# Linear Regression Assumptions of Homoskedasticity

When I studied linear regression analysis, one of the assumptions taught was that of homoskedatiscity. I understood that homoskedasticity was required for significance testing on the coefficients. Then in my econometrics class, my professor said that we actually don't need homogeneity assumption since it was too strong. Instead, in order to conduct hypothesis testing on the coefficients, we could use "t-robust test" or Wald test.

So then why is homoskedasticity still widely assumed and taught in linear regression class? How do I reconcile these?

• Hi: it's taught that way because getting involved in teaching the wald lrt, lm tests and other robust tests iis a more advanced topic. for large n, the latter tests are better than the standard inference procedures ( like t-tests ) but not optimal theoretically so there are more difficulties teaching those topics. – mark leeds Oct 18 '18 at 17:50
• I see. Whenever I look up "assumptions behind linear regression" online, the "homogeneity" assumption shows up. Is this because the default in statistical packages is to use t test? – Rainroad Oct 18 '18 at 20:20
• That's probably largely the reason. But even the test of homog has its issues too. So, you have to test whether a test is valid, yet the former test probably has its own issues. So, it might be best to assume heteroscedasticity.. Usually, regression estimates are robust to heterosced. So, if you're really worried about the homog assumption, I would suggest dropping it and then either using 1) bootstrapping or 2) Halbert White's results for constructing a heterosced consistent covar estimate when there is heterosced. If you're interested in 1) or 2) I can try to think of references. – mark leeds Oct 19 '18 at 6:30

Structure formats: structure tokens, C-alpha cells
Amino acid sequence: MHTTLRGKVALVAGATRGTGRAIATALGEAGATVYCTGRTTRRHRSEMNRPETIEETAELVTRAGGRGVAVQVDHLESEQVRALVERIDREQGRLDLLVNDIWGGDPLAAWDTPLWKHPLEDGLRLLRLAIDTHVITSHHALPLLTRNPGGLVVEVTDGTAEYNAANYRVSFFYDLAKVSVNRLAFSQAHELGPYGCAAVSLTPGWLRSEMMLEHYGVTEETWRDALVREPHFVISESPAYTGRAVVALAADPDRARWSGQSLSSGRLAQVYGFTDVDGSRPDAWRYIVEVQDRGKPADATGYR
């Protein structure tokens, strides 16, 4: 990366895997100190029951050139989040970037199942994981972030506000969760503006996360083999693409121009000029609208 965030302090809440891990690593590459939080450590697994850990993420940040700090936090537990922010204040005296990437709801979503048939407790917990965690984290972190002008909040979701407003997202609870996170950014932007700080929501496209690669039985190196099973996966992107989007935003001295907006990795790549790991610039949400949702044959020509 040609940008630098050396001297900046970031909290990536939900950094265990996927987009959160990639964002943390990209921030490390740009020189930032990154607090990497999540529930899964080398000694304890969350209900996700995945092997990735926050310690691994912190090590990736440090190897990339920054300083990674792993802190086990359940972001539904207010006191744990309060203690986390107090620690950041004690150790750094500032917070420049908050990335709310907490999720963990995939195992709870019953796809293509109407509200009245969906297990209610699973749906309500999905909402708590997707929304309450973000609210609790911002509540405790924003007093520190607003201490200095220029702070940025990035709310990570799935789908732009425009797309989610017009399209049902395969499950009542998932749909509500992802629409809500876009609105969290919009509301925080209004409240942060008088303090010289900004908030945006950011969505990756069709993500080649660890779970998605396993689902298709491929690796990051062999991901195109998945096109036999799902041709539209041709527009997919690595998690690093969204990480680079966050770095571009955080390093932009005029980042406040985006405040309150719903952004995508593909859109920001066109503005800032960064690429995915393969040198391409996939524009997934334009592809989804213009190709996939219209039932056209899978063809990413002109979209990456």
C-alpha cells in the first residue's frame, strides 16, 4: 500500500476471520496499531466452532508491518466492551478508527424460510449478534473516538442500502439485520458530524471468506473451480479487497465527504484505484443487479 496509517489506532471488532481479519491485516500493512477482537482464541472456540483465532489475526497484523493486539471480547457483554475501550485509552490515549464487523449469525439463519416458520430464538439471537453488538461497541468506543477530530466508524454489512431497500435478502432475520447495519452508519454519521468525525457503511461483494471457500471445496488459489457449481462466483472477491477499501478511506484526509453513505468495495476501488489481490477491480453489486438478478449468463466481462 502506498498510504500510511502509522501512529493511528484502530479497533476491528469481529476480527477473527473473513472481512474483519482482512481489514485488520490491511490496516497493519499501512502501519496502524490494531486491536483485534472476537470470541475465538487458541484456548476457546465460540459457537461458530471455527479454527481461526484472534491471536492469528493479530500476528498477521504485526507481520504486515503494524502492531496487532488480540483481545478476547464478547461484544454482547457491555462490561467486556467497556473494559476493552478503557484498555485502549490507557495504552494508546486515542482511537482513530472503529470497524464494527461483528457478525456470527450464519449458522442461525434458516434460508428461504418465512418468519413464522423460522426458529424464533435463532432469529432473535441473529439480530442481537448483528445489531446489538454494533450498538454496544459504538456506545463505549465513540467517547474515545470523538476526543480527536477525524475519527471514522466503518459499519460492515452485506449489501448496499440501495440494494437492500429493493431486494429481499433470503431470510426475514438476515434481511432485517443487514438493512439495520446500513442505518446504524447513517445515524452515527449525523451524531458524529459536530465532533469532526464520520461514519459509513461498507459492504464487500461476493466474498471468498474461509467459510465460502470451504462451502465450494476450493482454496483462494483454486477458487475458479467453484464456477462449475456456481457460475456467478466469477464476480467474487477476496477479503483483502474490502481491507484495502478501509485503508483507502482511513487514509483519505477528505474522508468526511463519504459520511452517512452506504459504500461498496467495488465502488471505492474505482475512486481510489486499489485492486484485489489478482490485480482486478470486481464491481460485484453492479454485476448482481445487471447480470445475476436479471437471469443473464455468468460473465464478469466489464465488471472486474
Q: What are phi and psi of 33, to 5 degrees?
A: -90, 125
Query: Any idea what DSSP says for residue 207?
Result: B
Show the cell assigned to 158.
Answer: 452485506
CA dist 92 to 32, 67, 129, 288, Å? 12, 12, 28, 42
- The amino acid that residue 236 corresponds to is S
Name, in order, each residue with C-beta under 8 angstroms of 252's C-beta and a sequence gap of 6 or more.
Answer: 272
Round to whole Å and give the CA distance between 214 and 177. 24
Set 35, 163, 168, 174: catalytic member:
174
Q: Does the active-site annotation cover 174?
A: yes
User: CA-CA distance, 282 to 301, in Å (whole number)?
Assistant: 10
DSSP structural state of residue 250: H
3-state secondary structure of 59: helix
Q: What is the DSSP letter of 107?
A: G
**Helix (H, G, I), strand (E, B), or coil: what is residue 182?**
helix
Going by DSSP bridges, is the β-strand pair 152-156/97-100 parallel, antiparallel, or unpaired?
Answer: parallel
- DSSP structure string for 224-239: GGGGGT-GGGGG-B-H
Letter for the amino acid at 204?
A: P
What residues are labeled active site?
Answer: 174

• Re the meaning of homogeneity in a regression context, this question on Cross Validated SE is relevant, especially answer by gung. – Adam Bailey Oct 19 '18 at 12:36
• My bad. it should be homoskedatiscity. – Rainroad Oct 20 '18 at 1:39

## 1 Answer

For the same reason you're taught the very simple supply and demand model of perfect competition in econ 101. It's not that it's wrong, it's a simplification of the real world and a good place from where to start. Once you've mastered the basics, you can learn more advanced topics. Heteroskedasticity isn't that advanced of a topic tho, most undergraduate students who take a second econometrics course get to learn about robust tests and all that.